The price of baltic amber
What is the price of amber stones? Nowadays many factors influence the pricing of amber - color, weight and shape are some of obvious ones, but amber is also priced according to its age, proportions, quality, and inclusions.
Amber's value differs significantly depending on its color. Yellow tones of amber are pretty common - around 70 percent of all amber. It includes colors from honey yellow to dark yellow, light brown or darker brown.
Another common type is black, although black amber is a more recent discovery.
Rare types of amber
Since old times, white royal amber was more valuable because of its similarity to ivory. White amber is richer in texture and patterns, and you can easily find some different color accents in this type of stone.
While white amber is so rare that it accounts for about 1 to 2 percent of the world's supply, the rarest - and therefore the most expensive - form of amber is blue amber. Only one piece in 1000 has blue amber. Baltic blue amber is different from Dominican blue amber, which appears blue only under fluorescent light. The blue color in Baltic amber is visible by the naked eye.
Baltic amber can vary from transparent to opaque. The transparent amber has an obvious advantage over opaque - we can clearly see the inclusions. Extraordinary inclusions are a little bit like a time machine, bringing a glimpse of the history of the past to nowadays peoples' eyes.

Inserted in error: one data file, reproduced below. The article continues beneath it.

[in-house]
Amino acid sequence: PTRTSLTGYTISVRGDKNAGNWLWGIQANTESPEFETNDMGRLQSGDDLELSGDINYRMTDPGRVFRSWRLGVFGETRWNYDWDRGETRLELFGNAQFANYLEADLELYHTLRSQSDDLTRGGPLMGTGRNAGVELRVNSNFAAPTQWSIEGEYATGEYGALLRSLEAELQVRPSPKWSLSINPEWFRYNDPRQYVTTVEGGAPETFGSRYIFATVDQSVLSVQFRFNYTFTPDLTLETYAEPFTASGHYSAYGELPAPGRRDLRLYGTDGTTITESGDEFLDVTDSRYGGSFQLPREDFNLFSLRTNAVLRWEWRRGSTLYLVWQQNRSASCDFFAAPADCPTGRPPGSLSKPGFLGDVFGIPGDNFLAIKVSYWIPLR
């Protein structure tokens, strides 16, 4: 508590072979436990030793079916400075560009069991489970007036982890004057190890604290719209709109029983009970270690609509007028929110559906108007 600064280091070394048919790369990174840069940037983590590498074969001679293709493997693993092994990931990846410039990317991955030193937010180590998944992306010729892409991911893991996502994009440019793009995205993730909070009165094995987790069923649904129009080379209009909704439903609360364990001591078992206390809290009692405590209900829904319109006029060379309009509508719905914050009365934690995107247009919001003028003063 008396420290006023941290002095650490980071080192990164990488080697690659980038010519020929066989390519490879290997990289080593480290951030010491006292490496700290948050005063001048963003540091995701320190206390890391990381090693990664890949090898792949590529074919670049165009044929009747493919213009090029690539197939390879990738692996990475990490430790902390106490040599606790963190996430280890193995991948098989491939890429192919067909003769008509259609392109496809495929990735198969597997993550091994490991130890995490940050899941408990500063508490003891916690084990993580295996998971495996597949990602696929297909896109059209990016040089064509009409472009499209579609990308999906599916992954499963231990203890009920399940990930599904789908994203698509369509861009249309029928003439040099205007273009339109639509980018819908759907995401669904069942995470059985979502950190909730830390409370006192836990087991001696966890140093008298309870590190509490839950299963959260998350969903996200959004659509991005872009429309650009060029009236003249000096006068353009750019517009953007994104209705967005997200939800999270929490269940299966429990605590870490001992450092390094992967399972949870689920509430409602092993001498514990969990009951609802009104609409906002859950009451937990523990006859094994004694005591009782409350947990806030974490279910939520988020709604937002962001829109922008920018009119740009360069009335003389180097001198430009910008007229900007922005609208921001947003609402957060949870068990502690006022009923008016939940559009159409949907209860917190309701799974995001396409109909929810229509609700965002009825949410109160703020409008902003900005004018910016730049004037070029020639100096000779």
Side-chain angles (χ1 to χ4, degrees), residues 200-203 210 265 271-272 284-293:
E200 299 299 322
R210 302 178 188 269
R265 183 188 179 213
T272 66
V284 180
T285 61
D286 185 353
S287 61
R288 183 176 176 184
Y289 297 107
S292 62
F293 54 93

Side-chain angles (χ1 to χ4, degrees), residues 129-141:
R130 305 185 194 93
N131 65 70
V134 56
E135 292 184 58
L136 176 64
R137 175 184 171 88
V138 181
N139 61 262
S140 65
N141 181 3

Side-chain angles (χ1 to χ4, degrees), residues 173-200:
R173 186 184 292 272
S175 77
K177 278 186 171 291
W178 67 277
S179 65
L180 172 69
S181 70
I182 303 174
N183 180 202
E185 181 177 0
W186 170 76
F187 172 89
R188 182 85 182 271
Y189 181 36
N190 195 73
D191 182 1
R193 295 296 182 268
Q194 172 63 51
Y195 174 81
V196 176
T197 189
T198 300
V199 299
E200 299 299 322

Amber comes in a wide variety of shapes, and the pieces used in jewelry can be quite large due to their light weight. The bigger the stone, the higher the value. As well as the size, shape matters a lot. It's almost impossible to find perfectly round-shaped amber, so it's up to the professional jeweler skills to hand-polish each piece to its perfection.
Beware the fakes
We’ve probably all seen an "amber" stone with scorpion inclusion. Nowadays, there are many manufacturers who try to improve what Mother Nature has created. They try to make things bigger and better. But those pieces have almost nothing in common with genuine amber.
Only Copal can be called a "young amber,” because its main material is resin, just like in the beginning stage of polymerization and hardening. It typically ranges from 100 to 1000 years old.
Each amber piece has many qualities, which need to be taken into account when trying to price it.
More about fake amber